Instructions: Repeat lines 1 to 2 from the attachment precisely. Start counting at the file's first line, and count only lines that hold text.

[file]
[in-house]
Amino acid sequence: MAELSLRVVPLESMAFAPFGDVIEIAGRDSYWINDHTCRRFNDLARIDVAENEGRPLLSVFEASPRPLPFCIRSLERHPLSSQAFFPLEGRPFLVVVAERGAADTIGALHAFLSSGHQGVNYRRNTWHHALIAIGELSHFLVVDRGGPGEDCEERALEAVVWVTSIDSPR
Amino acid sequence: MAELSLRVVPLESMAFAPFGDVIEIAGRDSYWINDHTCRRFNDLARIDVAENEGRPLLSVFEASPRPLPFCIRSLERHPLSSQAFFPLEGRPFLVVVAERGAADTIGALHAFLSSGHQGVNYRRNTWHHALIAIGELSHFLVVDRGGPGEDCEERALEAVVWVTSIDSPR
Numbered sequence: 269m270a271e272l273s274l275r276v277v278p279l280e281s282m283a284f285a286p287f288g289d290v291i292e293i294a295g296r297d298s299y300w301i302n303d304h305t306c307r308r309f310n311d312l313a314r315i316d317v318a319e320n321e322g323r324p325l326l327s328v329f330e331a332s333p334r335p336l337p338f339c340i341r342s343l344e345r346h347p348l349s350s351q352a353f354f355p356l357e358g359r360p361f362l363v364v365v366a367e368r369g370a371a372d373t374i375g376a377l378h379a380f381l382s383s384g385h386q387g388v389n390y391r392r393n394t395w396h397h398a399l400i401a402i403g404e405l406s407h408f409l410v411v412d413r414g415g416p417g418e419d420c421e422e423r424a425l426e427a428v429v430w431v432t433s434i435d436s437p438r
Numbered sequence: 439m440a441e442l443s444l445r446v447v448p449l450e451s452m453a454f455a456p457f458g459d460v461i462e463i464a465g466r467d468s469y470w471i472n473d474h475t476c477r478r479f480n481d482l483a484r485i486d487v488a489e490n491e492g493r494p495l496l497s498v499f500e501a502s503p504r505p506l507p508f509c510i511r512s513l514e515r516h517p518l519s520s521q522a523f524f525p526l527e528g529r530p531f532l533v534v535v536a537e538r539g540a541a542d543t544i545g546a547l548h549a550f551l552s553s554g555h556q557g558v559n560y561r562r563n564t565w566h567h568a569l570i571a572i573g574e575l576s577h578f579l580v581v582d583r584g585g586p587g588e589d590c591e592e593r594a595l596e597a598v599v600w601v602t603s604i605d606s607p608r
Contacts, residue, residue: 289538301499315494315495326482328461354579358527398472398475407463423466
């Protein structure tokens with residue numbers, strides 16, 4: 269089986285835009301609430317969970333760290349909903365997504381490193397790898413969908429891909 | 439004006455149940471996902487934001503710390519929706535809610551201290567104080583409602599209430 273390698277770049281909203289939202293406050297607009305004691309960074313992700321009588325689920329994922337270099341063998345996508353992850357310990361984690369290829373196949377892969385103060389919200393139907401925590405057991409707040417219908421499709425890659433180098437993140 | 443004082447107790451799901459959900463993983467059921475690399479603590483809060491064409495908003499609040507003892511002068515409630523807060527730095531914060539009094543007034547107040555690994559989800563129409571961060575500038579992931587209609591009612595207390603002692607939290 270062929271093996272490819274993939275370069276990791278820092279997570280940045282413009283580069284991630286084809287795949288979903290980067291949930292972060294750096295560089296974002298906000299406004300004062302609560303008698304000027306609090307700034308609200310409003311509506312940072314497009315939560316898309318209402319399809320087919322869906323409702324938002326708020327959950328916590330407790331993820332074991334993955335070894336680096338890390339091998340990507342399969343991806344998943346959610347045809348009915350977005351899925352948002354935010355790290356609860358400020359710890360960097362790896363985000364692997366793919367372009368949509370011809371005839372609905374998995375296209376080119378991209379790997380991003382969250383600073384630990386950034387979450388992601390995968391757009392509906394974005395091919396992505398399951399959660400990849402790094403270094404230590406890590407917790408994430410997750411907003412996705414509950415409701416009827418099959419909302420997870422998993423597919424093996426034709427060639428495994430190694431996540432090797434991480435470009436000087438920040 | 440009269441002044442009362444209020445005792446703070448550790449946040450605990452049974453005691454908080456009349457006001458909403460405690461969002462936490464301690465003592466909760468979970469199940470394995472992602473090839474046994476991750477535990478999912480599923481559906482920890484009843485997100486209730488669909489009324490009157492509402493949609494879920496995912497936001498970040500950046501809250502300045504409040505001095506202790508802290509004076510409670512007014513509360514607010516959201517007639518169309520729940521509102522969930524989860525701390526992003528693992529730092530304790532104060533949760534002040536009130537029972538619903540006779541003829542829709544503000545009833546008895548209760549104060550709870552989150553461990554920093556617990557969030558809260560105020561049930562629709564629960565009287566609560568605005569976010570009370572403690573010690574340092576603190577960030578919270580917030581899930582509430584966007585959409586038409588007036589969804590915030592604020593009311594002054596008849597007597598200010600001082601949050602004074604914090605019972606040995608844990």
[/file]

[in-house]
Amino acid sequence: MAELSLRVVPLESMAFAPFGDVIEIAGRDSYWINDHTCRRFNDLARIDVAENEGRPLLSVFEASPRPLPFCIRSLERHPLSSQAFFPLEGRPFLVVVAERGAADTIGALHAFLSSGHQGVNYRRNTWHHALIAIGELSHFLVVDRGGPGEDCEERALEAVVWVTSIDSPR